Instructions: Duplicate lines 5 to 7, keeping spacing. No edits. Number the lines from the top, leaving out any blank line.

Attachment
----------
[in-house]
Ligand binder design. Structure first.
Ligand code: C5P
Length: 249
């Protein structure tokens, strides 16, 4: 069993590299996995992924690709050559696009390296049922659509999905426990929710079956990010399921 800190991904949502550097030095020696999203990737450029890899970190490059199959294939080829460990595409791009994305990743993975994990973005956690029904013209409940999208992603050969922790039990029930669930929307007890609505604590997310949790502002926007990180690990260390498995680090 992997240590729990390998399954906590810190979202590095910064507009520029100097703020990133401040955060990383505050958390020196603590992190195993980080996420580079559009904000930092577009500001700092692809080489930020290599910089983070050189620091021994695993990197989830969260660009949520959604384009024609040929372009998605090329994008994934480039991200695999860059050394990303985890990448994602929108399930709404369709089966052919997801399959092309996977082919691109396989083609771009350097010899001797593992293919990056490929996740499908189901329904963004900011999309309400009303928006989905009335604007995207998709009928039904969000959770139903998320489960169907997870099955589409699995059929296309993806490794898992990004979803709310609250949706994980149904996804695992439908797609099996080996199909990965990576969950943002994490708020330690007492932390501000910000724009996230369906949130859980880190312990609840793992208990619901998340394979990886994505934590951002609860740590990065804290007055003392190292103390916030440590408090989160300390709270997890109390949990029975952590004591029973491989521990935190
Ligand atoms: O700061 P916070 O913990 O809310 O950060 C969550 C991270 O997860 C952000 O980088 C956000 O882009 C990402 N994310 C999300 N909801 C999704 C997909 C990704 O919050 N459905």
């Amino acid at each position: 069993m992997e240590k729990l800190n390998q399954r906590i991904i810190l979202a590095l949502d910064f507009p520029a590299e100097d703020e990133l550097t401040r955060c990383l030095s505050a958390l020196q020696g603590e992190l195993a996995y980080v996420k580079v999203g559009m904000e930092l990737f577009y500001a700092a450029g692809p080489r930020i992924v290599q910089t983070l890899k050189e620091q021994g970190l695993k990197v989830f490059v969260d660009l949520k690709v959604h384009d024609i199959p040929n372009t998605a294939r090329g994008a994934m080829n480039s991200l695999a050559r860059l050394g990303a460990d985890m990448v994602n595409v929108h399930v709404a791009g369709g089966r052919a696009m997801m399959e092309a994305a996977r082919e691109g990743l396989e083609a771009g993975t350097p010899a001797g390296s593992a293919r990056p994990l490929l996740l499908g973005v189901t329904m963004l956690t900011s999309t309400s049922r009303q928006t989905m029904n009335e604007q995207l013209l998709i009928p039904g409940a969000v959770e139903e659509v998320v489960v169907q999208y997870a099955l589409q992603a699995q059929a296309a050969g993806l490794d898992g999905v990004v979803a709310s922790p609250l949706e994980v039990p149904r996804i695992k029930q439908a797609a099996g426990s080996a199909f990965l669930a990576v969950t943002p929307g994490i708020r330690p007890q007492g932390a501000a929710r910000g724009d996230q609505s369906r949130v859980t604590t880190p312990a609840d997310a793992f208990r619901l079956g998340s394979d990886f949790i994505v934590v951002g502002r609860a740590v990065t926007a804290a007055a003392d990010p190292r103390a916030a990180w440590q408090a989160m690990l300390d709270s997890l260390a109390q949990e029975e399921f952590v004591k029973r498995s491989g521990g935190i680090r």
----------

């Protein structure tokens, strides 16, 4: 069993590299996995992924690709050559696009390296049922659509999905426990929710079956990010399921 800190991904949502550097030095020696999203990737450029890899970190490059199959294939080829460990595409791009994305990743993975994990973005956690029904013209409940999208992603050969922790039990029930669930929307007890609505604590997310949790502002926007990180690990260390498995680090 992997240590729990390998399954906590810190979202590095910064507009520029100097703020990133401040955060990383505050958390020196603590992190195993980080996420580079559009904000930092577009500001700092692809080489930020290599910089983070050189620091021994695993990197989830969260660009949520959604384009024609040929372009998605090329994008994934480039991200695999860059050394990303985890990448994602929108399930709404369709089966052919997801399959092309996977082919691109396989083609771009350097010899001797593992293919990056490929996740499908189901329904963004900011999309309400009303928006989905009335604007995207998709009928039904969000959770139903998320489960169907997870099955589409699995059929296309993806490794898992990004979803709310609250949706994980149904996804695992439908797609099996080996199909990965990576969950943002994490708020330690007492932390501000910000724009996230369906949130859980880190312990609840793992208990619901998340394979990886994505934590951002609860740590990065804290007055003392190292103390916030440590408090989160300390709270997890109390949990029975952590004591029973491989521990935190
Ligand atoms: O700061 P916070 O913990 O809310 O950060 C969550 C991270 O997860 C952000 O980088 C956000 O882009 C990402 N994310 C999300 N909801 C999704 C997909 C990704 O919050 N459905």
């Amino acid at each position: 069993m992997e240590k729990l800190n390998q399954r906590i991904i810190l979202a590095l949502d910064f507009p520029a590299e100097d703020e990133l550097t401040r955060c990383l030095s505050a958390l020196q020696g603590e992190l195993a996995y980080v996420k580079v999203g559009m904000e930092l990737f577009y500001a700092a450029g692809p080489r930020i992924v290599q910089t983070l890899k050189e620091q021994g970190l695993k990197v989830f490059v969260d660009l949520k690709v959604h384009d024609i199959p040929n372009t998605a294939r090329g994008a994934m080829n480039s991200l695999a050559r860059l050394g990303a460990d985890m990448v994602n595409v929108h399930v709404a791009g369709g089966r052919a696009m997801m399959e092309a994305a996977r082919e691109g990743l396989e083609a771009g993975t350097p010899a001797g390296s593992a293919r990056p994990l490929l996740l499908g973005v189901t329904m963004l956690t900011s999309t309400s049922r009303q928006t989905m029904n009335e604007q995207l013209l998709i009928p039904g409940a969000v959770e139903e659509v998320v489960v169907q999208y997870a099955l589409q992603a699995q059929a296309a050969g993806l490794d898992g999905v990004v979803a709310s922790p609250l949706e994980v039990p149904r996804i695992k029930q439908a797609a099996g426990s080996a199909f990965l669930a990576v969950t943002p929307g994490i708020r330690p007890q007492g932390a501000a929710r910000g724009d996230q609505s369906r949130v859980t604590t880190p312990a609840d997310a793992f208990r619901l079956g998340s394979d990886f949790i994505v934590v951002g502002r609860a740590v990065t926007a804290a007055a003392d990010p190292r103390a916030a990180w440590q408090a989160m690990l300390d709270s997890l260390a109390q949990e029975e399921f952590v004591k029973r498995s491989g521990g935190i680090r």